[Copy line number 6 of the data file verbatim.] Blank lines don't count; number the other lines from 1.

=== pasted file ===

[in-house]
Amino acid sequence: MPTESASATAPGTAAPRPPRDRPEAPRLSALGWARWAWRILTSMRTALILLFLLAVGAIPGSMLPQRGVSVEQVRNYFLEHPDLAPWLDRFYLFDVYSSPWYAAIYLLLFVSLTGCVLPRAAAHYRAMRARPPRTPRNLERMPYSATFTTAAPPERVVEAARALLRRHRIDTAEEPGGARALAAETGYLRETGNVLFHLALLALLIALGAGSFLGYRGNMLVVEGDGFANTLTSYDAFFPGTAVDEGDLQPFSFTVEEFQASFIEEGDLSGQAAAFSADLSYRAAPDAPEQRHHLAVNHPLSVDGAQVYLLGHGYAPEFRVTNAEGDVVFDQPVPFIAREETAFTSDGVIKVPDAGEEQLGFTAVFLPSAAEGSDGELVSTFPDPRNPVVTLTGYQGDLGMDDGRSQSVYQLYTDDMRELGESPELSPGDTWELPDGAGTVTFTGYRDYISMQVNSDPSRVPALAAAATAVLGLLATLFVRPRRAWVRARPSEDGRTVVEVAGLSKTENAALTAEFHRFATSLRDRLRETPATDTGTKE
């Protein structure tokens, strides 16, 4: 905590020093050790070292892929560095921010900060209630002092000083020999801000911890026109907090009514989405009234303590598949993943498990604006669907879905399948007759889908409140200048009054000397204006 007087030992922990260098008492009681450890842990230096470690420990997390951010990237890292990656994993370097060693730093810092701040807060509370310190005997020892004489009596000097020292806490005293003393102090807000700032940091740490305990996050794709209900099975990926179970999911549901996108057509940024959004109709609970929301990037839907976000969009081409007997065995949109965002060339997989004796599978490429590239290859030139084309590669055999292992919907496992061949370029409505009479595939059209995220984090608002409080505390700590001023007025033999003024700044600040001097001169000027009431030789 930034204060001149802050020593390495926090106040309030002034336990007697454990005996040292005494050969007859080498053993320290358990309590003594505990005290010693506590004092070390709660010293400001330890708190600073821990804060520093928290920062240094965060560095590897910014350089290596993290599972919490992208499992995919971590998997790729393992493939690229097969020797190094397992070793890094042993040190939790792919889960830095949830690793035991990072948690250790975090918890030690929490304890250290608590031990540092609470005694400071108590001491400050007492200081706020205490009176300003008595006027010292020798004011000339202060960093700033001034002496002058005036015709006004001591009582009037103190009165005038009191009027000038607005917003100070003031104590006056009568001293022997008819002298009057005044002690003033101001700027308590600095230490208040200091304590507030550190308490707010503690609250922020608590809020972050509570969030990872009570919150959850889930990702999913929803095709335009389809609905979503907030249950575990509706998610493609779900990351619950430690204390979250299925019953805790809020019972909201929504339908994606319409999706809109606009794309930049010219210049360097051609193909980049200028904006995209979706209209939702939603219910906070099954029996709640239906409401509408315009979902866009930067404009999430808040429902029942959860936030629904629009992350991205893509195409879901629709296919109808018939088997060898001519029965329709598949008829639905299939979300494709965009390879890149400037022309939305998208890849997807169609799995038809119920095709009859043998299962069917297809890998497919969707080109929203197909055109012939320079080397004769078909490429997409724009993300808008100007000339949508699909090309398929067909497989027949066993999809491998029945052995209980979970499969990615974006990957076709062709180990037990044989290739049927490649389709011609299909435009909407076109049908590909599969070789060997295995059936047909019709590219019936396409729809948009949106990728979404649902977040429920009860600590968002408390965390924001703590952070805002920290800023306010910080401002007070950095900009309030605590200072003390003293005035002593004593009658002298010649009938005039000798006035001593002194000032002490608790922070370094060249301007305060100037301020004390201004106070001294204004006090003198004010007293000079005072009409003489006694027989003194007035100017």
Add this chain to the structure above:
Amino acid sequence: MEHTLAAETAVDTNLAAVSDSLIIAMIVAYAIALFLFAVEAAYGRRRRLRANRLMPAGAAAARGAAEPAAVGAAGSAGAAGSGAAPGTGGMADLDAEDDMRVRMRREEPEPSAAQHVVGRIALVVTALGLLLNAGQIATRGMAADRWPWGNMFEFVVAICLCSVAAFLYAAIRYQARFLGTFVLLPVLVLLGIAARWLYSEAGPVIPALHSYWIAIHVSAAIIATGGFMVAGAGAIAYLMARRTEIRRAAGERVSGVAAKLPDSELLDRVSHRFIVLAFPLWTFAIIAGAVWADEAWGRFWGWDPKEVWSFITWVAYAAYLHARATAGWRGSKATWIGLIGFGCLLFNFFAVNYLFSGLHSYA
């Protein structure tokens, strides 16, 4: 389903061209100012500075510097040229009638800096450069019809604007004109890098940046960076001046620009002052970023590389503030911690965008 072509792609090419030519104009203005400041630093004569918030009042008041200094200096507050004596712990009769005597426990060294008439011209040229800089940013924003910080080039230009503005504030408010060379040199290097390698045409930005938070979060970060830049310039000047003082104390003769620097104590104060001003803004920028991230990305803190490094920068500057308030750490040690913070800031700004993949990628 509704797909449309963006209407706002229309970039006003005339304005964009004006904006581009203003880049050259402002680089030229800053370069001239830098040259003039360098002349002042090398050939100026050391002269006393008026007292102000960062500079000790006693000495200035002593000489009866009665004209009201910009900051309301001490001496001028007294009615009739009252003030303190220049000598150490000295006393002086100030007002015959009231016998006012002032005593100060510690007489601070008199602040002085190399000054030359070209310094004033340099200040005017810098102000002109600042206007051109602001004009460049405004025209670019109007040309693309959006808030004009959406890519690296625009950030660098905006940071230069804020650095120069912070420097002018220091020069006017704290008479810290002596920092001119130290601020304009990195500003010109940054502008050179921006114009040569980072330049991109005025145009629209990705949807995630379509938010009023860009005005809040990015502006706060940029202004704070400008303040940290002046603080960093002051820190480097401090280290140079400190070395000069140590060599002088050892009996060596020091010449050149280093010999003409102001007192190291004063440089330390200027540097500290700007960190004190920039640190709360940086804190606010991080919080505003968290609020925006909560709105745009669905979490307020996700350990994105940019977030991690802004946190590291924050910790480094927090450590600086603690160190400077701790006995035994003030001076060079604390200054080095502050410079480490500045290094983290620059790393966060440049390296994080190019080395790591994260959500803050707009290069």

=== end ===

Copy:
């Protein structure tokens, strides 16, 4: 389903061209100012500075510097040229009638800096450069019809604007004109890098940046960076001046620009002052970023590389503030911690965008 072509792609090419030519104009203005400041630093004569918030009042008041200094200096507050004596712990009769005597426990060294008439011209040229800089940013924003910080080039230009503005504030408010060379040199290097390698045409930005938070979060970060830049310039000047003082104390003769620097104590104060001003803004920028991230990305803190490094920068500057308030750490040690913070800031700004993949990628 509704797909449309963006209407706002229309970039006003005339304005964009004006904006581009203003880049050259402002680089030229800053370069001239830098040259003039360098002349002042090398050939100026050391002269006393008026007292102000960062500079000790006693000495200035002593000489009866009665004209009201910009900051309301001490001496001028007294009615009739009252003030303190220049000598150490000295006393002086100030007002015959009231016998006012002032005593100060510690007489601070008199602040002085190399000054030359070209310094004033340099200040005017810098102000002109600042206007051109602001004009460049405004025209670019109007040309693309959006808030004009959406890519690296625009950030660098905006940071230069804020650095120069912070420097002018220091020069006017704290008479810290002596920092001119130290601020304009990195500003010109940054502008050179921006114009040569980072330049991109005025145009629209990705949807995630379509938010009023860009005005809040990015502006706060940029202004704070400008303040940290002046603080960093002051820190480097401090280290140079400190070395000069140590060599002088050892009996060596020091010449050149280093010999003409102001007192190291004063440089330390200027540097500290700007960190004190920039640190709360940086804190606010991080919080505003968290609020925006909560709105745009669905979490307020996700350990994105940019977030991690802004946190590291924050910790480094927090450590600086603690160190400077701790006995035994003030001076060079604390200054080095502050410079480490500045290094983290620059790393966060440049390296994080190019080395790591994260959500803050707009290069």